These groups are created based on the natural habitat of the Air Plants. The leaf texture also varies for both of them; Mesic Air plants have fuzzy leaves with lots of trichomes, whereas the Xeric Air plants have smoother leaves.
|Xeric Tillandsias||Mesic Tillandsias|
|Their native habitat is desert-like, drier areas||They come from the rainforests|
|Based on where they grow naturally, they need less frequent watering||From tropical habitats, Mesic varieties need frequent watering|
|Thrive under bright direct light||Thrive under indirect light|
|Like high humidity||Like average humidity|
Remember, no matter what variety you grow, it all comes down to the care you provide to keep your Air plant thriving. If you do not create the required growing environment, forget about years, your plant will die within a few months.
You must pay special attention to the light, temperature, and humidity care schedule because these delicate plants will not show any damage symptoms. You should even pay attention to the type of water you use for these plants. Air plants prefer tap water instead of distilled water. But make sure the tap water does not have a high chlorine content.
As the name suggests, these perennial plants’ air supply is essential. So make sure your Air plant is situated in a location with good air circulation. Whether you grow your Air plant in a bed of rocks outdoors or a fancy glass container inside, it should have lots of space for expansion.
How to Increase the Lifespan of Air Plants?
Increasing the lifespan includes knowing both the dos and don’ts of the epiphytic Air plants. Whether you are new to Air plants or you already have one, it’s a known fact that they don’t grow in soil in the natural environment. Even though some varieties are planted in soil, this growing medium will create an environment for mold and rot. Which eventually reduces the lifespan of your Air plant.
You can apply the following tips to ensure your Air plant lives for as long as possible.
Treating the Air Plant Leaves
Pay attention to the leaves to decide whether your plant is dying. The leaves will start curling or wrinkling once they have dried. If you notice some color on the leaves of the main plant, you can take some steps to increase the lifespan. Some green leaves mean hope, and your plant is still alive.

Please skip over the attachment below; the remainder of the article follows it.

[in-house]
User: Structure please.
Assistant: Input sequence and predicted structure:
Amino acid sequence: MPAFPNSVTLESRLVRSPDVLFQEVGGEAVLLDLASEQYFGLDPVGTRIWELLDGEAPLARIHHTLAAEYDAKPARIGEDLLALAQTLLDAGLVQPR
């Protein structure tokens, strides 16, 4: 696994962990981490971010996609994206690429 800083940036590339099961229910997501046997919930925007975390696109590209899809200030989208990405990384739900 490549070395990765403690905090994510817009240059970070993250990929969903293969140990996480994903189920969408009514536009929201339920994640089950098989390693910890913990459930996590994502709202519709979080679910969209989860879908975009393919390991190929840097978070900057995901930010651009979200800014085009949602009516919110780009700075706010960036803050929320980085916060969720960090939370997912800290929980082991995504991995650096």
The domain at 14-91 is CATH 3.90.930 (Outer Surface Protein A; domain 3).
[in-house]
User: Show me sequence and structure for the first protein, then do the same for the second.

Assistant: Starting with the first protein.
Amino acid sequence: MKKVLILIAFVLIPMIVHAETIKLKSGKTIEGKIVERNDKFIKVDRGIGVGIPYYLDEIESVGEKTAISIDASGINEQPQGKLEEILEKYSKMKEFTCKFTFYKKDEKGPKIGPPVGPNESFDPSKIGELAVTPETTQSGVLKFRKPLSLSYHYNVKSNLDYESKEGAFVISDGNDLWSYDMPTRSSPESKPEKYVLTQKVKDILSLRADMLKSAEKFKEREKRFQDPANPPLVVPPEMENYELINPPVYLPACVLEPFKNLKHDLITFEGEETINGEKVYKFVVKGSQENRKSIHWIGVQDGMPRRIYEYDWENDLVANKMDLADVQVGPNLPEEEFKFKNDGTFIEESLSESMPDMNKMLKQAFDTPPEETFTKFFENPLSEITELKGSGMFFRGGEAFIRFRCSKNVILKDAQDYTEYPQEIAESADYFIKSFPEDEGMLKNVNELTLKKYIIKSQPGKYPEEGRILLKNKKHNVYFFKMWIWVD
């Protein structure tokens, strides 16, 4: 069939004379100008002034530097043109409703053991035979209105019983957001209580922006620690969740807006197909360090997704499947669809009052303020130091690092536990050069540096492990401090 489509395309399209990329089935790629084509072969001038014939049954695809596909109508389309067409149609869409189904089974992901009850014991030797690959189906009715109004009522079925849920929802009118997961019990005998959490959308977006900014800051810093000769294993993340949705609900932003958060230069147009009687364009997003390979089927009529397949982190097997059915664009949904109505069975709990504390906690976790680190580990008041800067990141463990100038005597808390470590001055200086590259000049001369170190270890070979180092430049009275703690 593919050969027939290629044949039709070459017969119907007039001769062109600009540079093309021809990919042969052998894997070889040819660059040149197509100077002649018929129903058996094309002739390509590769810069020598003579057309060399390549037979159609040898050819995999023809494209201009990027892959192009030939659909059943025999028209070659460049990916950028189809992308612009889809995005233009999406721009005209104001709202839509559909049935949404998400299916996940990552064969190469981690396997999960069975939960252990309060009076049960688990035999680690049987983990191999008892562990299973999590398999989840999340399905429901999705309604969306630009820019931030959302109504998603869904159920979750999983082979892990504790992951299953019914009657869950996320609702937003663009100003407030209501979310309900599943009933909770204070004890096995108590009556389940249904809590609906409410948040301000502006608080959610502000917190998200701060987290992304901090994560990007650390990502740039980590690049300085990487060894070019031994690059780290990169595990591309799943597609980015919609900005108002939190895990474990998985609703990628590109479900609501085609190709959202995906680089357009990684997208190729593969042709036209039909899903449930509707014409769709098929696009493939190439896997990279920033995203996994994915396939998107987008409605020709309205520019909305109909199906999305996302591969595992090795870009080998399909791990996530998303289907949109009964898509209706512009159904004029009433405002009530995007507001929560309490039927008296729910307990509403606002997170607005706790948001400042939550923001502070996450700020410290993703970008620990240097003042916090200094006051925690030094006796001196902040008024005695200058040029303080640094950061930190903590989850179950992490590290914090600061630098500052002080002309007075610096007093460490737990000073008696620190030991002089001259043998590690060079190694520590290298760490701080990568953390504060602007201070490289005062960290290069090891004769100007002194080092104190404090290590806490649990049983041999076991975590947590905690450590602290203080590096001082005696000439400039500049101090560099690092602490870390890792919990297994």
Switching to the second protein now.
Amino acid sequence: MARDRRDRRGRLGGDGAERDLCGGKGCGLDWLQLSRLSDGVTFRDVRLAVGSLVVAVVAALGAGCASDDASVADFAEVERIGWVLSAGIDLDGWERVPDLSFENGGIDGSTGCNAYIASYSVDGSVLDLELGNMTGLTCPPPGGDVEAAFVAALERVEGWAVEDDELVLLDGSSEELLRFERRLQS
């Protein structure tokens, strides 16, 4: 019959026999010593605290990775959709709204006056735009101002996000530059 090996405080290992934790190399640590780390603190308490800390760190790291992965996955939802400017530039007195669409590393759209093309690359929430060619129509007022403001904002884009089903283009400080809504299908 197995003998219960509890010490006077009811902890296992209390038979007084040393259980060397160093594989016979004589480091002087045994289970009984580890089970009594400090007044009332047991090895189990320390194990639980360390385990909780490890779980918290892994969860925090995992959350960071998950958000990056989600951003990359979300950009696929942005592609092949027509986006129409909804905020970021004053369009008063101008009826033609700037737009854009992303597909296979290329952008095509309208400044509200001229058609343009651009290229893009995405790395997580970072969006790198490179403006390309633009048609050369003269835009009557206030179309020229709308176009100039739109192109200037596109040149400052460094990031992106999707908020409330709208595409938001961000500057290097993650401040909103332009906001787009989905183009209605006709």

- Prune away the dead foliage so the plant can focus the energy and nutrients on growing new pups or other healthy leaves.
- Soak the plant in water to revive the drying leaves. Let the plant stay in water overnight.
Caring for the Air Plant during Blooming
Plants need extra care during the blooming phase because most of the energy is consumed for flower production. In the case of Air Plants, they also need the energy to produce the offsets. One of the crucial requirements of your blooming Air Plant is moisture. All Air plants do not need the same amount of water, so it’s essential to know your growing variety.
Make sure you do not leave any water on the flowers because this will cause the flower to rot and die. In my opinion, misting air plants the plant from time to time is safer, and leaves should only be moistened.
Fertilizing Air Plants
Just because Air plants thrive without soil does not mean they do not need any nutrients for growth. These plants absorb nutrients from their surroundings in animal and plant waste, leaf litter, etc.
When grown as houseplants, fertilizing Air plants can add a few months (or maybe years) to their lifespan because it will enhance the blooming and accelerate the production of new offsets.
Liquid fertilizers or any other form of soluble fertilizer are recommended for Air plants because it’s easier for the leaves to absorb the nutrients.
One precaution regarding fertilizing is not to use fertilizers with Boron and Zinc. These two nutrients might be helpful for some other houseplants, but they are dangerous for Tillandsias. If your Air plant grows in a soilless medium, avoid using a urea-based fertilizer.
FAQs about Tillandsia Life Expectancy
To conclude, Air plants have an exciting growth cycle. You might think your plant will eventually die, but that only happens after it grows some plantlets for you.
The colorful flowering stage of the Air plants ends with a new plant, so it’s not exactly the end of your plant. The article’s tips will help you maximize the natural growth cycle and preserve your precious Air plant. You can select any plant from our list of 20 Air Plants to Grow at Home and start your collection of Air plants.